How much time do you spend thinking about what you’ve already accomplished?

Having gotten to know many of you, I know for a fact that you probably spend more time thinking about what you haven’t accomplished as opposed to what you have. But if you were to examine what you have accomplished, even just in the last 90 days, I think you might be surprised by all that you’ve been able to do.

The first time I came to recognize the significance of this was just two years ago, when I was about to complete a three-month leadership program.

Learning to acknowledge yourself and others was a significant focus of the course.

For the most part, ambitious creatives and creators feel unrecognized and underutilized, especially in Joe or Jill jobs. Human beings, in general, are starved for recognition.

One of the reasons we are so starved for it is 1) we’re hardwired to want it, and 2) acknowledgement is a skill, and it’s not taught in school.

So, when my course was nearing completion, my coach recognized me for all that I had accomplished, and even I was stunned, to the extent that I started tearing up.

On the last day, all participants were to give a short speech acknowledging all that they had accomplished, and the long list of achievements I had prepared was frankly surprising, even to me.

During that time, I also ended up dropping a lot of balls. But it seems you can’t always have breakthroughs without breakdowns.

What matters, though, is that I took the time to acknowledge all that I had accomplished, and I felt a sense of pride about it.

If you haven’t already established a routine around acknowledging yourself, I’d encourage you to get into the habit immediately.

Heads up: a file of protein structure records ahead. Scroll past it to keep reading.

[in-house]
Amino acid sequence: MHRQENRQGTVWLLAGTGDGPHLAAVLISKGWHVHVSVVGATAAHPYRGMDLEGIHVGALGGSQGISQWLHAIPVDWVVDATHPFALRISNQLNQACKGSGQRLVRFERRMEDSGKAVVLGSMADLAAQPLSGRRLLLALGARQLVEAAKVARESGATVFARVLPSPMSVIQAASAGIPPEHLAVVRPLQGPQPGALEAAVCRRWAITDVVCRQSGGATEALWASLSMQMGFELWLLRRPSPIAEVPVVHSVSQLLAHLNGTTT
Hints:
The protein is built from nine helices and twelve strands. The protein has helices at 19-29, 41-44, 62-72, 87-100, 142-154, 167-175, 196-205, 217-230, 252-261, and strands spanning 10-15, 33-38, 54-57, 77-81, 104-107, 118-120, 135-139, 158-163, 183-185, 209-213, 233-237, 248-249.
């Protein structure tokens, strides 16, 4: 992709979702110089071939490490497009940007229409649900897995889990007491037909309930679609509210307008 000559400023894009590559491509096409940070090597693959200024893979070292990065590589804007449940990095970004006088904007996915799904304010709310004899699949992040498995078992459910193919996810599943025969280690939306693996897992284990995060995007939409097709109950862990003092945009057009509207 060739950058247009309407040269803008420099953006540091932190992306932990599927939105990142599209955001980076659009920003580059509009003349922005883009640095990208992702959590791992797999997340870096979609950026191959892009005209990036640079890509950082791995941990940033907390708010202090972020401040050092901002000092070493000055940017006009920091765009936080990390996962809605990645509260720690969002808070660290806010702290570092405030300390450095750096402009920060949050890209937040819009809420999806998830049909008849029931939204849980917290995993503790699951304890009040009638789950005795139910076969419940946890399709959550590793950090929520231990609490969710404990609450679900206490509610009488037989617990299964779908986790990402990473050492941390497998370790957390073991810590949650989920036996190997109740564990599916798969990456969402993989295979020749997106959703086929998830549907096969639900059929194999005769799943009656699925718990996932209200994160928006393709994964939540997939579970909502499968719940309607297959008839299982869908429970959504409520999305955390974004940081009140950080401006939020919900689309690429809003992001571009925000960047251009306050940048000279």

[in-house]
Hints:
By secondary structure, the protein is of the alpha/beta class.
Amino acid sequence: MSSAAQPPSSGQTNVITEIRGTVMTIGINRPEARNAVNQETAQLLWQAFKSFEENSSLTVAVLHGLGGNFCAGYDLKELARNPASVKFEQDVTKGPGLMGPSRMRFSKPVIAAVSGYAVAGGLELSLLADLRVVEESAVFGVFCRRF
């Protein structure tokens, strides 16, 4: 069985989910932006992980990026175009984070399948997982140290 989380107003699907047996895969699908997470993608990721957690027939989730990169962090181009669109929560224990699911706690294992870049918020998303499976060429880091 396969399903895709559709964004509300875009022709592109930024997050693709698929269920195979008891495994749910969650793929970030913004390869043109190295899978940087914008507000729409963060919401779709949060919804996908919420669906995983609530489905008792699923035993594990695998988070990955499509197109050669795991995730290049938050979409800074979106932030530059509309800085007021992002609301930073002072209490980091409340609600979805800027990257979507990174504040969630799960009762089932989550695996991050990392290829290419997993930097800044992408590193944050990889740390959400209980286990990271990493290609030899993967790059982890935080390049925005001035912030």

Ambitious creatives and creators are always thinking about “what’s next,” and rarely if ever feel a sense of satisfaction or fulfillment around all they’ve already been able to create.

If you don’t recognize yourself periodically, then you will forever be stuck in the same cycle of doing more, not feeling worthy, doing more, not feeling like enough, doing more, not feeling like you’ve accomplished anything of substance… And on it goes.

I can almost promise you that you’ve had cause to celebrate, even this past year. But did you stop to notice it? How did you acknowledge yourself? Did you even take stock of all that you had to overcome and were still able to accomplish?

If you don’t get into the habit of celebrating now, you probably never will. Because there’s always something more to do. There’s always “next.” The to-do list is never ending.

Also keep in mind that you will never be great at acknowledging others if you can’t first acknowledge yourself in a way that leaves you feeling touched, moved, and inspired.

Remember – people are starved for recognition. Joe wants you to notice his haircut. Jill wants you to tell her she’s doing a good job. Bill constantly cleans up after everyone and gets no credit or appreciation for it.

Do you want to be a good leader? I know you do.

And part of becoming a good leader is what? Learning to acknowledge yourself, and then, others.

What have you done today that you could acknowledge yourself and others for? What about this past year? Do you have a system in place for acknowledgement and recognition? What would it look like if you were to create one?

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Hold Your Horses, Cow-Person!

From: David Andrew Wiebe
To: You!

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